Distance and masks are employed during our tailgate safety session before work begins.

On the one or two days a week that Kim and I return to the office in Moulton, strategically planning ahead of time to be there on separate days, there is a pause before grabbing that door handle, and it gets wiped down on our way out.  The scent of hand sanitizer and disinfecting wipes now dominates our olfactory scene.  Volunteers no longer meet up at the office except one or two at a time to pick up a Volunteer Wilderness Ranger pack and supplies, and we drive to the trailheads separately, no carpooling.  Our tailgate safety talks at the trailhead now include virus safety and all volunteers are encouraged to practice safe protocols to keep themselves, their workmates and the public free from contagion of coronavirus. The liability release waiver is no longer passed around from hand to hand for signing with a shared pen.  Tools are assigned and not shared and are sanitized upon return to the trailhead in the afternoon before being placed in a vehicle.  Distancing is essential throughout the day and the use of masks is strongly encouraged when distance must shorten.

x Marks the spot that flagging tape would normally mark as the beginning of a section of trail to be maintained

When hiking or performing trail maintenance or on Wilderness Ranger patrols, the linear nature of hiking trails presents particular challenges – those walking behind others must pass through the air breathed by those in front, and when passing on the trail, someone has to give way a further distance off the trail than usual.   Our usual method of progressing along a trail while doing maintenance is that a small team or an individual will “leapfrog” past other teams or individuals to get to the head of the line to clear the next section of trail.  At their starting point, they will tie a length of orange or pink flagging tape to a tree or shrub.  When the next team has leapfrogged to that point, they will untie the flagging tape, continue well past those who tied it there, and use it to mark their starting point.  To avoid all this handling of the tape, we now use fallen limbs found on the ground to make a big noticeable “X” at our starting points.  These can be easily kicked aside by the next person coming through, who will form their own X at their starting point down the trail.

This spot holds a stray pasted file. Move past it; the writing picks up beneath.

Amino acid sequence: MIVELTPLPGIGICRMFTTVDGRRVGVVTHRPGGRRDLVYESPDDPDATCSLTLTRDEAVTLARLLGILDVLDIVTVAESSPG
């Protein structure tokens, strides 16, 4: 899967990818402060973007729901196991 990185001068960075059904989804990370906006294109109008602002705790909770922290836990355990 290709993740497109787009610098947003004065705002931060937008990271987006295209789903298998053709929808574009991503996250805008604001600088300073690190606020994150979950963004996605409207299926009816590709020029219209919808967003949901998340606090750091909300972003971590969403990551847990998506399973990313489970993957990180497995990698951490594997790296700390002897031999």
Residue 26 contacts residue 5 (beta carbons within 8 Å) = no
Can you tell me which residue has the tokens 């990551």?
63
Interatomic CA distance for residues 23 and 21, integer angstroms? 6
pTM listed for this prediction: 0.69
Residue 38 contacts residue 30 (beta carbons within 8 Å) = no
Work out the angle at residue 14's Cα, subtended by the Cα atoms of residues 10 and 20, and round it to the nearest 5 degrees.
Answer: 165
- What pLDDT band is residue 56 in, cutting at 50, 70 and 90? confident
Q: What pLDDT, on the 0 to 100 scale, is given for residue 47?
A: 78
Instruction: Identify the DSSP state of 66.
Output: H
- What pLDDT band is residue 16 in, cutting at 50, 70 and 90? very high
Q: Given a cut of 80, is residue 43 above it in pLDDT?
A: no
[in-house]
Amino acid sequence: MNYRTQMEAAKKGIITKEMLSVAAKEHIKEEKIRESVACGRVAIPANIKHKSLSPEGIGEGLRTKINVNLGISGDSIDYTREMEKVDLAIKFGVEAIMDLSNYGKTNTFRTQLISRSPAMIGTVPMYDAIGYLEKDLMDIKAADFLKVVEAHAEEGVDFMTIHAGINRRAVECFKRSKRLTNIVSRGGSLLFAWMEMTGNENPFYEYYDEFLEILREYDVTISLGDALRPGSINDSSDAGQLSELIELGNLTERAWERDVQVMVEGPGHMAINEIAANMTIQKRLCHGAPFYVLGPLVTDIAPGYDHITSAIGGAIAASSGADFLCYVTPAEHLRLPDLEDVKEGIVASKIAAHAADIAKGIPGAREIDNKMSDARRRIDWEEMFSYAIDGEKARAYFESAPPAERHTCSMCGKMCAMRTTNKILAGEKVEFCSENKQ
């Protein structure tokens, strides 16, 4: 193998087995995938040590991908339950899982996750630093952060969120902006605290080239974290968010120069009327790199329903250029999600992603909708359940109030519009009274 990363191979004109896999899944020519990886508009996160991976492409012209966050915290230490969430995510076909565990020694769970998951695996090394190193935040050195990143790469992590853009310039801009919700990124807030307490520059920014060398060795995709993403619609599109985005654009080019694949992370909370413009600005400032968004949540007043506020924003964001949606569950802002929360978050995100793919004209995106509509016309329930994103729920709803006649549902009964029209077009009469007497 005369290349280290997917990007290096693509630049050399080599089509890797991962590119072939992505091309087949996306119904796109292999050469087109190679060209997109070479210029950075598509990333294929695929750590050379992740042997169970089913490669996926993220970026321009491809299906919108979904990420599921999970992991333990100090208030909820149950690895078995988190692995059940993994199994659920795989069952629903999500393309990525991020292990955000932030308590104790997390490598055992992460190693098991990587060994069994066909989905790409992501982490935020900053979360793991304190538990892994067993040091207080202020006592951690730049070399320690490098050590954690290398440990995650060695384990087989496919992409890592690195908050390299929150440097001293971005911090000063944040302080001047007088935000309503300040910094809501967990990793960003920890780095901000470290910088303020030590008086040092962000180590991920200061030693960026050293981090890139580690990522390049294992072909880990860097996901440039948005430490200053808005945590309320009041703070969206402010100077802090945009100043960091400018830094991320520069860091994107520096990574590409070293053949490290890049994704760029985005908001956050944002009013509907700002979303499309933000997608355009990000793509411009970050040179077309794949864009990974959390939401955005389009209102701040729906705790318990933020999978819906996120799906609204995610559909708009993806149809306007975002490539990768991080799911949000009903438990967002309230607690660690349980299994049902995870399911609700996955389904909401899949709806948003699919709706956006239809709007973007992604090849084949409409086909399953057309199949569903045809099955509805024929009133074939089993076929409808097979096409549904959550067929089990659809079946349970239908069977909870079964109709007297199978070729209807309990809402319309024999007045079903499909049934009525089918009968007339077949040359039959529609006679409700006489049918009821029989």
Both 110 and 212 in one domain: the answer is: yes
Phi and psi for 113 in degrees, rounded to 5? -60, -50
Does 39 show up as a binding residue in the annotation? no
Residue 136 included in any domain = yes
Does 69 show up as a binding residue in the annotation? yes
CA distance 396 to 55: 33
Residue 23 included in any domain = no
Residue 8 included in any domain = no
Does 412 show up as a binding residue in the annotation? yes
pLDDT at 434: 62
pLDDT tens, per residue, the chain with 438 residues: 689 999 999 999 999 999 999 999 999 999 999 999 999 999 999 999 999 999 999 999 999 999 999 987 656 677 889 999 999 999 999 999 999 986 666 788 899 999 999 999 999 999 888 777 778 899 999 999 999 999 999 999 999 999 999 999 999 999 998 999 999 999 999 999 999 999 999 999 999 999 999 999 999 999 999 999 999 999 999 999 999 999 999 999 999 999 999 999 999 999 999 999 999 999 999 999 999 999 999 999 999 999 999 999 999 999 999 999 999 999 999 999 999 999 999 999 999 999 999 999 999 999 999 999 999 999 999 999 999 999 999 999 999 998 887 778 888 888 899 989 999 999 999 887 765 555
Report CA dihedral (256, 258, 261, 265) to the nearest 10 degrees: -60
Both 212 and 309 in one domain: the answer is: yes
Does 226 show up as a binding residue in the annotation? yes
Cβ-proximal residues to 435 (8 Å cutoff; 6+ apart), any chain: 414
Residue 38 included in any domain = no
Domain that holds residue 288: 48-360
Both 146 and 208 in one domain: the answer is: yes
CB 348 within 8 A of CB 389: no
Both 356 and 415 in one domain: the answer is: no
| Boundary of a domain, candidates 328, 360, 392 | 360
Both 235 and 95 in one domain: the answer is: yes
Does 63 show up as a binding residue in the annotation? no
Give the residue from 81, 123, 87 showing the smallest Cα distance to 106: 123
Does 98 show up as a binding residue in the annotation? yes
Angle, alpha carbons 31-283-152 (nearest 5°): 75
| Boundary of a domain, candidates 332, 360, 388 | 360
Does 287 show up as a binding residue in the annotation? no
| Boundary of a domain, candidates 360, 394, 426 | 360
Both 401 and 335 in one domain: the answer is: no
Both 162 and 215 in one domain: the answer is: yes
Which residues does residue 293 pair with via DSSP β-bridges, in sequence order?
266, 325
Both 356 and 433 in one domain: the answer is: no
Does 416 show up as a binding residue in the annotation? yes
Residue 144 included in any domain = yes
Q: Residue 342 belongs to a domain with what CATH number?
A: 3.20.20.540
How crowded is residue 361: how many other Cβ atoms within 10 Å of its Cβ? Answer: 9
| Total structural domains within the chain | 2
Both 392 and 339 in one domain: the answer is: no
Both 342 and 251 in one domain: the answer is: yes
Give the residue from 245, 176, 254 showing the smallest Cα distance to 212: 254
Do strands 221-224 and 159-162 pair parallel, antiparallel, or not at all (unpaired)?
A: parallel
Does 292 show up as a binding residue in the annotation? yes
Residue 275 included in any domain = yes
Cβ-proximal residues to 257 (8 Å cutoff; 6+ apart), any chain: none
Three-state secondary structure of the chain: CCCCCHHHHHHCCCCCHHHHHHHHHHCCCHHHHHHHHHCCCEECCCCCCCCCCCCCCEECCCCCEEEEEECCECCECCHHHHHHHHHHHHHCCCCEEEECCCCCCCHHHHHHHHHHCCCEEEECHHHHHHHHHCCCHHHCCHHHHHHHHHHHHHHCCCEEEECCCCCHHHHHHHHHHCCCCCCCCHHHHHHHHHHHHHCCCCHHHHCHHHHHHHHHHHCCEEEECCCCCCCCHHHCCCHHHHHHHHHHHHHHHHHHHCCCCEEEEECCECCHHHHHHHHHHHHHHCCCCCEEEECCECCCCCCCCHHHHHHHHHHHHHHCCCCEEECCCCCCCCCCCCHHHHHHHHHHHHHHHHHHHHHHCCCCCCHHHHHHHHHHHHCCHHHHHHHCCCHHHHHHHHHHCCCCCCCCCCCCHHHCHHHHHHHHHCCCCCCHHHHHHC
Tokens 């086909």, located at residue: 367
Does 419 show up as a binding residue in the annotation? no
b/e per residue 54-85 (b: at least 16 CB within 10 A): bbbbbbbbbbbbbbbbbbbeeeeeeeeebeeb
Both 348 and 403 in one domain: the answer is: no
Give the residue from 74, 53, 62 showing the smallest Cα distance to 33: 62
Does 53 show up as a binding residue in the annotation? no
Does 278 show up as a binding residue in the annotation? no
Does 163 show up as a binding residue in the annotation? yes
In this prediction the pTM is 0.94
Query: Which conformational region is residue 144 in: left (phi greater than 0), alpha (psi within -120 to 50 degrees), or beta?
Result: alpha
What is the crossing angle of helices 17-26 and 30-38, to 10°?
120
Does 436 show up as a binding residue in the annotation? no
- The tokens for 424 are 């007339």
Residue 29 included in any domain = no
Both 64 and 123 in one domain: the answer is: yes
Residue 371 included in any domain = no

Distance is maintained throughout a work project, such as trail clearing.

Because we adapt, Wild South is alive and well in this time of coronavirus.  We are called upon to think and solve problems with creativity and ingenuity, and in doing so we find new workable ways of doing things when only four months ago we would not have imagined the need for such change. The photographs in this article tell the story of how we are doing some things differently for now, until it is once again safe to put our heads together over a map and share a laugh unmasked and up close. 

Author – Janice Barrett